When I sat down to listen to Mine Is Yours, the latest efforts from Cold War Kids, my thoughts on what I had set myself up for were a little agnostic. As their first album Robbers and Cowards had received critical acclaim and hadn’t left my head phones or speakers for the best part of six months, playing on repeat ‘til the early hours of the morning and making my heavily mundane bus journeys in the mornings all the more enjoyable, rather than just counting how many flakes of dandruff were on the girl’s jacket in front of me.
It was the offbeat piano melodies, Nathan Willet’s screeching and sometimes whiny vocals about hanging him up to dry, and the implicit rawness which emanated from Robbers and Cowards which ruffled my feathers.
Like any fan, I eagerly awaited the follow up to Robbers and Cowards, which finally came after a two year wait. Loyalty To Loyalty, a record which started off with such promise with raw and aggressive melodies and riffs that had the potential to top their debut album.
Only it didn’t. It quickly became apparent that as the track numbers were going up, the level of creativity went down and all that was left by the end of the record were the slurs of a man who sounded too pissed to play the piano or sing, like the drunk fool who always features in the old cow boy films, attempting to play the piano in a salon, hiccupping his life away with an empty bottle of Jack by his feet.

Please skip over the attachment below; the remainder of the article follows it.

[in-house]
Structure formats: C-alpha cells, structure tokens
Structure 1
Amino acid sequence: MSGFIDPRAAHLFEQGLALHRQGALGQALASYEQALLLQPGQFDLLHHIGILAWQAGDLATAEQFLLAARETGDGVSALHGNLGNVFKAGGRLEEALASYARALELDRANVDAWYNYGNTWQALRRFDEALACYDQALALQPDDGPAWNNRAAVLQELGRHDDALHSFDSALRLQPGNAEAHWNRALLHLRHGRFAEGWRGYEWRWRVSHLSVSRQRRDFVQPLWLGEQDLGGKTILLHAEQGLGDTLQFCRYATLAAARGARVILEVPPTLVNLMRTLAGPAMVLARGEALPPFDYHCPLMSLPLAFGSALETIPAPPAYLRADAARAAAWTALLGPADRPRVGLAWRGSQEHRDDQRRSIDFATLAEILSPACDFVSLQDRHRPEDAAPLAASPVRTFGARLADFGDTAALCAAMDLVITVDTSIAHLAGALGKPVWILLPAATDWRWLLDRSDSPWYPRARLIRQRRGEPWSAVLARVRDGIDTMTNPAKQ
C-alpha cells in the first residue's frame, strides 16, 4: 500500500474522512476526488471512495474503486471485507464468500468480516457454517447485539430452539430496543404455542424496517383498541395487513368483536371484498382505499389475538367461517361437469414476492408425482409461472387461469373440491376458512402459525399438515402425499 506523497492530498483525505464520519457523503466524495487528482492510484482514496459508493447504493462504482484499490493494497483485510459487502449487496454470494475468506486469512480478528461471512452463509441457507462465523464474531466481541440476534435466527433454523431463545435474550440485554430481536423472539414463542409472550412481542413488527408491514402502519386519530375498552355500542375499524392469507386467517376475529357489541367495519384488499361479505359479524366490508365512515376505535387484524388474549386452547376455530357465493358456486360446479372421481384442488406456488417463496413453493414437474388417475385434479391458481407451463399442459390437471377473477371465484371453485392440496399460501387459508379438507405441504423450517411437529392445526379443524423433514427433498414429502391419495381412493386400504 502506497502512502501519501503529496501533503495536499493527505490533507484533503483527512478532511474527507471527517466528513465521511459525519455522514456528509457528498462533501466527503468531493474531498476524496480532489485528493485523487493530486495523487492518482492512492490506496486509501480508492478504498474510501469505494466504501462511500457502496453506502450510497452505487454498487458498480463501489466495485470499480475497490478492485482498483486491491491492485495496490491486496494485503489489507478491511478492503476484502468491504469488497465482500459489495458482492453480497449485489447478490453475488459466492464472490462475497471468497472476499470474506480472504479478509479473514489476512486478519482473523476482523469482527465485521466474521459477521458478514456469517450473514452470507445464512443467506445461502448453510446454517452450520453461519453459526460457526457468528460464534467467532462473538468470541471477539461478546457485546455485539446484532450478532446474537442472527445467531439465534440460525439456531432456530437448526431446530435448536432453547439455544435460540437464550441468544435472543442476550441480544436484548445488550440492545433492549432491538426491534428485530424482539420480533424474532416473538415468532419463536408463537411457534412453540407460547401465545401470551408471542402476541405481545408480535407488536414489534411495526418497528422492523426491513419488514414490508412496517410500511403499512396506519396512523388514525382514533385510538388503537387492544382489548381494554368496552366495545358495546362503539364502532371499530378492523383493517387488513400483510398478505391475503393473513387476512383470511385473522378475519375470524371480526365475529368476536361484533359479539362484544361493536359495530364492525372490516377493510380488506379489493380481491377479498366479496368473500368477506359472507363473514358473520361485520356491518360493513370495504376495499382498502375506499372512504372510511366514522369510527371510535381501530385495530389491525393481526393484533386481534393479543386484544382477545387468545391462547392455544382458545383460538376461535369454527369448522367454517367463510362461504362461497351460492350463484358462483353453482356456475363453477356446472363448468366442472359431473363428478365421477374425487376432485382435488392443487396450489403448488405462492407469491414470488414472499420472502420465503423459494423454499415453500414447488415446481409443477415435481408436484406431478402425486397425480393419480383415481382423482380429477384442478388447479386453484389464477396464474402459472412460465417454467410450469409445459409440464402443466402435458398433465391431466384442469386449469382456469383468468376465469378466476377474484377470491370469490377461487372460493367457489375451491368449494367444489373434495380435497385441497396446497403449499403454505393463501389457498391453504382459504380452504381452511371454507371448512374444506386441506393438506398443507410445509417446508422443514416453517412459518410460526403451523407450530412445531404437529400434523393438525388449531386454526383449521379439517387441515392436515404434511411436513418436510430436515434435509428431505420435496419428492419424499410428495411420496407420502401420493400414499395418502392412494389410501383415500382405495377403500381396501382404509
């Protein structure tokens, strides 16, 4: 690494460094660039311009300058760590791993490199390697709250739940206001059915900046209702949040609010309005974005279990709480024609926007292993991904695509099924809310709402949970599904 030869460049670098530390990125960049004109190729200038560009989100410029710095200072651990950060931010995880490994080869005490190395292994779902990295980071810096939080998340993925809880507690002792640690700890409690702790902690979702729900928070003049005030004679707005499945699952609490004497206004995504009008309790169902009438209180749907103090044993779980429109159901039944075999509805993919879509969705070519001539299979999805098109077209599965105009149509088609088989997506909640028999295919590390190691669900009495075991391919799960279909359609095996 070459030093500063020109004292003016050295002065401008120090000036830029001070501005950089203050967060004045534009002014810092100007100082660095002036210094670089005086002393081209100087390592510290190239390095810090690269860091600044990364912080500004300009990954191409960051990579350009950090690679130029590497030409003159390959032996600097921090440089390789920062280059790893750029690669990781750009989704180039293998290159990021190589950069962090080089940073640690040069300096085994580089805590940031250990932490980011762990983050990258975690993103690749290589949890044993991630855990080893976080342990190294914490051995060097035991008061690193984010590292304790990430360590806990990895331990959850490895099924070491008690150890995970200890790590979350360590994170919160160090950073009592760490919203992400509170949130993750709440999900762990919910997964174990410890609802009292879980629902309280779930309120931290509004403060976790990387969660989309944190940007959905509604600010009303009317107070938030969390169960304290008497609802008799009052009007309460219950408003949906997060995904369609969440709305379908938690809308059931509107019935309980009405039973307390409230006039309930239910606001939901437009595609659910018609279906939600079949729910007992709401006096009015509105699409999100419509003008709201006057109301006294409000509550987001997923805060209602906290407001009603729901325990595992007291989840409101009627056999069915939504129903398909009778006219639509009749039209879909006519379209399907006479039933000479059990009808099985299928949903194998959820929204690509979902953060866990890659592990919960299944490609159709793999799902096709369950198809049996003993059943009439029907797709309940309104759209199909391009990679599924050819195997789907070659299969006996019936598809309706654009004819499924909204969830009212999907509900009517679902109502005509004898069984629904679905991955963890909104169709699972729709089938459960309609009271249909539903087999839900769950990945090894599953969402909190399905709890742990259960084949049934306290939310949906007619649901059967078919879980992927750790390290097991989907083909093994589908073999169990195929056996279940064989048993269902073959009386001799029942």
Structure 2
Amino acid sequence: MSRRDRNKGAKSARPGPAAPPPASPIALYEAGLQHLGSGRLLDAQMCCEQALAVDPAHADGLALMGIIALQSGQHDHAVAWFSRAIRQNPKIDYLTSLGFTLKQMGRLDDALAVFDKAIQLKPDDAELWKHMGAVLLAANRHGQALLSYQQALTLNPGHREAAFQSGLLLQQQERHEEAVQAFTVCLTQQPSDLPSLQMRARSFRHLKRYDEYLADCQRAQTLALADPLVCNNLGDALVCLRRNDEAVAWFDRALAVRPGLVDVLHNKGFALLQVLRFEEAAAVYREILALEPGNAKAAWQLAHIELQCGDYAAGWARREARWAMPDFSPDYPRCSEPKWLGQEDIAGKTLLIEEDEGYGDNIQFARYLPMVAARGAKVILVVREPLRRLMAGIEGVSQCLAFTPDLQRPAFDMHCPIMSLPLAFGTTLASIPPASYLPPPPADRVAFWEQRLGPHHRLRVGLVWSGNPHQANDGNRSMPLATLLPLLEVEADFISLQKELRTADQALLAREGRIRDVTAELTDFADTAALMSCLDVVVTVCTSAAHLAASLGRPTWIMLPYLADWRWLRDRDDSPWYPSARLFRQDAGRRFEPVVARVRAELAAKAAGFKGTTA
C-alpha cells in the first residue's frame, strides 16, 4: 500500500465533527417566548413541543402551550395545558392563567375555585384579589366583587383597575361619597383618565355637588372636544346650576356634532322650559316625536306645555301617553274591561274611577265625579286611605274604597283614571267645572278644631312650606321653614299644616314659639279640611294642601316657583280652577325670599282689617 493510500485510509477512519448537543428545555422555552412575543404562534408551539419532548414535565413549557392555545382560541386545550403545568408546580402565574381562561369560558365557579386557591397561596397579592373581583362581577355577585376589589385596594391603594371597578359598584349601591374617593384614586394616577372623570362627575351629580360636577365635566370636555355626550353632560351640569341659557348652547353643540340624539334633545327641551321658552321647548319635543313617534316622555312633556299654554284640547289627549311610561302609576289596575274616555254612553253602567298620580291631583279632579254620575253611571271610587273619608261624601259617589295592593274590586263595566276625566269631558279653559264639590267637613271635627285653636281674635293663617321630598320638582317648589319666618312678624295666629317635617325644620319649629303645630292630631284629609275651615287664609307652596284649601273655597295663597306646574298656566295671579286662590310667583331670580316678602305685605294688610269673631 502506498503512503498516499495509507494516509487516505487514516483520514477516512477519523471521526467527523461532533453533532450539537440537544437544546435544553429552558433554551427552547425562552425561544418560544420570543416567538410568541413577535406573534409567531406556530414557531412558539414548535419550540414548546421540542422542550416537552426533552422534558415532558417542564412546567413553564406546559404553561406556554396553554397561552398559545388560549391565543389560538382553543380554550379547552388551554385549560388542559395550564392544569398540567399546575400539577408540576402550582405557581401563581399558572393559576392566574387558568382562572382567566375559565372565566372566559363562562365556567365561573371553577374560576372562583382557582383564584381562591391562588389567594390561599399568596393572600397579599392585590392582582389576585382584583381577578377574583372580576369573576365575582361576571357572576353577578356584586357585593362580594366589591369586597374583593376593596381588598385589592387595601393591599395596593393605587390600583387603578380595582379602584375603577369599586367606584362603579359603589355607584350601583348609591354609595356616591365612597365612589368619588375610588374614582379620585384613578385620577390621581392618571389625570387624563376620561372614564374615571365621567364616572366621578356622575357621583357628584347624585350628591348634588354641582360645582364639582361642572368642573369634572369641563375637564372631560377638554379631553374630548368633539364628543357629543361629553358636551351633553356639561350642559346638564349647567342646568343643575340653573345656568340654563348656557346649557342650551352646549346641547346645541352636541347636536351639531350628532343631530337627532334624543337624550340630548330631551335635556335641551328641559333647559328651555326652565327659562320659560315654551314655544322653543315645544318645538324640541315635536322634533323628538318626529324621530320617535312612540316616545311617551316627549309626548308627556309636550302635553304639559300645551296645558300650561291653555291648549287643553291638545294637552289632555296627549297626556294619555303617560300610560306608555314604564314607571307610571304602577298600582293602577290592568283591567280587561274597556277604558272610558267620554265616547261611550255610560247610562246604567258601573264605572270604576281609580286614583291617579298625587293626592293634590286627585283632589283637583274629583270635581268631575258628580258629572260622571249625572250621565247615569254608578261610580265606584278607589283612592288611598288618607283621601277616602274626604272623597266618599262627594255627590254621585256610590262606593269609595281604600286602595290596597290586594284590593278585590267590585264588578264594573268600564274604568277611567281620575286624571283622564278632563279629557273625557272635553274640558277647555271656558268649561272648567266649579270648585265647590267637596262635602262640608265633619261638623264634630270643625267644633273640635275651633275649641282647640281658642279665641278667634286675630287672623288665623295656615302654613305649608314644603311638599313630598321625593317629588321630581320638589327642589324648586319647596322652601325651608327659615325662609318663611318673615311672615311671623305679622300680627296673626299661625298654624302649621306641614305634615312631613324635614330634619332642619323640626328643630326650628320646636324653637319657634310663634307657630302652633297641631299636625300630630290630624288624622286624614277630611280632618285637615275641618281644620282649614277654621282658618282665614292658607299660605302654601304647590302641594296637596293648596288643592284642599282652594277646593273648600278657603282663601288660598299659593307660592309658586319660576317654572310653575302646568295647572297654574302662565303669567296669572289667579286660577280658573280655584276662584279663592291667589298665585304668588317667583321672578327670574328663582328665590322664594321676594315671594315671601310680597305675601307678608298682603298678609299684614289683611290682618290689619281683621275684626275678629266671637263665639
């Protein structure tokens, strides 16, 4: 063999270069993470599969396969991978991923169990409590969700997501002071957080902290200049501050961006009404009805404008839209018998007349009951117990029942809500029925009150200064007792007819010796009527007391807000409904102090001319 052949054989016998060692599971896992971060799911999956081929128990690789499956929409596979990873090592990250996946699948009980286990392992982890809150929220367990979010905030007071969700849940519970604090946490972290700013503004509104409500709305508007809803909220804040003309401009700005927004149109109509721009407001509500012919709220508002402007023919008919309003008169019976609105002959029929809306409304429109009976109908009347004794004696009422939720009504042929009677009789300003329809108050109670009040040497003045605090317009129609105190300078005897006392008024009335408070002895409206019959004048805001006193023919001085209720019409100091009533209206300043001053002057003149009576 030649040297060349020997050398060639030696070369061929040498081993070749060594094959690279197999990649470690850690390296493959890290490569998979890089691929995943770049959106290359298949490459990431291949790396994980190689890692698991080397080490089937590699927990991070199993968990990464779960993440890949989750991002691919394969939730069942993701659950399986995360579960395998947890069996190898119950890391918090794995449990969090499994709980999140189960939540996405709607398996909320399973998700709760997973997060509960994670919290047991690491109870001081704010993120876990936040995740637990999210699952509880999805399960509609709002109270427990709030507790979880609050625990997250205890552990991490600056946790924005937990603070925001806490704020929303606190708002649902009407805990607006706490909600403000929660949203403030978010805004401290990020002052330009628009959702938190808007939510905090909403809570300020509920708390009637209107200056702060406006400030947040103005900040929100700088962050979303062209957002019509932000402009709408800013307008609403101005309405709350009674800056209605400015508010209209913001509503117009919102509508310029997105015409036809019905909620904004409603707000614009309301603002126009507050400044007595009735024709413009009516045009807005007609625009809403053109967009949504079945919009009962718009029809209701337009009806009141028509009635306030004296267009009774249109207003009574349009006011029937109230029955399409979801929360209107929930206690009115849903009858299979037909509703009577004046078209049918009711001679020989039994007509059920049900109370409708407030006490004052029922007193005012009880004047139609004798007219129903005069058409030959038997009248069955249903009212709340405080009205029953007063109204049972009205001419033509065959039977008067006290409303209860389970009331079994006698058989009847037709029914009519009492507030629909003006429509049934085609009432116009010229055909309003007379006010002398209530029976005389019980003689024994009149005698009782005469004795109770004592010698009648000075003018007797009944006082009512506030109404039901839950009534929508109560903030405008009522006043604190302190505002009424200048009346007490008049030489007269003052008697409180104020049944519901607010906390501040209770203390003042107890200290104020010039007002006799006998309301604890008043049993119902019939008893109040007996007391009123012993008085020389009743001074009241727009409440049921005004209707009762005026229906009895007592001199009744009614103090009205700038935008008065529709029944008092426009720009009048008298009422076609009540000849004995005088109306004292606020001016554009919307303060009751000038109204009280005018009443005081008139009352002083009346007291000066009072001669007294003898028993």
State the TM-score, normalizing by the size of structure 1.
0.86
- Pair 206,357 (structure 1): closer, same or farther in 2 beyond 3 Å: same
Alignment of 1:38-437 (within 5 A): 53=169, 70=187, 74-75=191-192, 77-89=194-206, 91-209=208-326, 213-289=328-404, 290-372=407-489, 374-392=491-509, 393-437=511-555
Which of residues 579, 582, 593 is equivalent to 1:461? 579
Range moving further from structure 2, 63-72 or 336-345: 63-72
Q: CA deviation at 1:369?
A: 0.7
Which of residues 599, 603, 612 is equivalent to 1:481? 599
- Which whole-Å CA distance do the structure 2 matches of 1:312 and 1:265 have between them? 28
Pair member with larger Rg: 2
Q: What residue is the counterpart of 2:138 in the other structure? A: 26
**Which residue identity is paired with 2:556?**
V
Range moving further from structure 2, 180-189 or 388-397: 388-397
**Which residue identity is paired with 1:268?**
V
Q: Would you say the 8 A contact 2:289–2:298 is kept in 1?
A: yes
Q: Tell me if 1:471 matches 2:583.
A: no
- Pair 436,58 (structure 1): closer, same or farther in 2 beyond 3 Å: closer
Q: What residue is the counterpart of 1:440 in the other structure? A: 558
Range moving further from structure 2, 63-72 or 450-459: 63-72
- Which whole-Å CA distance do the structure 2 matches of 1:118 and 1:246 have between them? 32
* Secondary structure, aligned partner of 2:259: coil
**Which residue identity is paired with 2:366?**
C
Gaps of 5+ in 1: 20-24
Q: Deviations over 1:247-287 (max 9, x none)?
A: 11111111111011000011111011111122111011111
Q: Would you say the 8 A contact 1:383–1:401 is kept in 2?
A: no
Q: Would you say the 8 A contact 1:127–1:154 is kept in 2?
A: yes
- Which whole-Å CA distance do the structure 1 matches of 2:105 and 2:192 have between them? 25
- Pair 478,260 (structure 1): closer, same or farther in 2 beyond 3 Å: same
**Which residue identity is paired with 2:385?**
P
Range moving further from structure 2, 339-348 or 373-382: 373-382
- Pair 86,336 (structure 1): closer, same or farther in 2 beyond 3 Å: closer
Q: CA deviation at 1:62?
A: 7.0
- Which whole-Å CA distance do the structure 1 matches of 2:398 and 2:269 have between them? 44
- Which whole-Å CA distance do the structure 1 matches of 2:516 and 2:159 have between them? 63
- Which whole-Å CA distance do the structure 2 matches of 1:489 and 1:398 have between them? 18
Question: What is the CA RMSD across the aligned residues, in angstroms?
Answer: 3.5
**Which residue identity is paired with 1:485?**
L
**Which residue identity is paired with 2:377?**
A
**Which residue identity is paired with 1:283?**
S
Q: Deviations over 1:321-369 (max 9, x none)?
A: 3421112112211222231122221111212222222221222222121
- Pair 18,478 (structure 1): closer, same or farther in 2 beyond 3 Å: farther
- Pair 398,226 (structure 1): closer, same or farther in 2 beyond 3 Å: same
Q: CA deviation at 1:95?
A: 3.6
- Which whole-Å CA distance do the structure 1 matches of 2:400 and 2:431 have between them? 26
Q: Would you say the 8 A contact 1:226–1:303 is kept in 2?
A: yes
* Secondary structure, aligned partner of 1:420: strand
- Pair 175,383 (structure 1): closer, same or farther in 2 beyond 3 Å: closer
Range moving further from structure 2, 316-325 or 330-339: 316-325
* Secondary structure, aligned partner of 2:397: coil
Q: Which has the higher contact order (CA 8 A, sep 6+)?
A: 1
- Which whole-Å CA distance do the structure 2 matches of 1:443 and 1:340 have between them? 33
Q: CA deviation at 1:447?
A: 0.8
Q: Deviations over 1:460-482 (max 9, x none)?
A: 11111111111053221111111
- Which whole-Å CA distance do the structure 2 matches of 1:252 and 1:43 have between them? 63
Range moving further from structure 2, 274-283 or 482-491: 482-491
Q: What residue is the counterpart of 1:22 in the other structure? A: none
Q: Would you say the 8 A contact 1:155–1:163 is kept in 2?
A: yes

So when the first strains of third album opening track ‘Mine Is Yours’ reached my ears I was pleasantly surprised. Unlike Robbers and Cowards and Loyalty to Loyalty, the Kids have taken a completely different angle on their music writing, taking a similar road to that of Arcade Fire’s The Suburbs by adding a slice of pop to their sound.
Now that doesn’t mean that this record is drenched in over elaborate production and irritating choruses. No, instead Cold War Kids have created a record which is a lot easier going on the ears than previous excursions, with ‘Louder Than Ever’ and ‘Finally Begin’ being at the forefront of this new direction in sound. Of course there are still their trademark stark, piano-driven tracks, like ‘Sensitive Kid’ and ‘Cold Toes On The Cold Floor’, which are reminiscent of the much better tracks on their debut, like ‘Rubidoux’ and ‘Hang Me Up To Dry’, proving that their unique style of sound hasn’t been lost and have executed each track on this record down to a big capital Tee.
Cold War Kids, welcome back.
7Theo Krekis's Score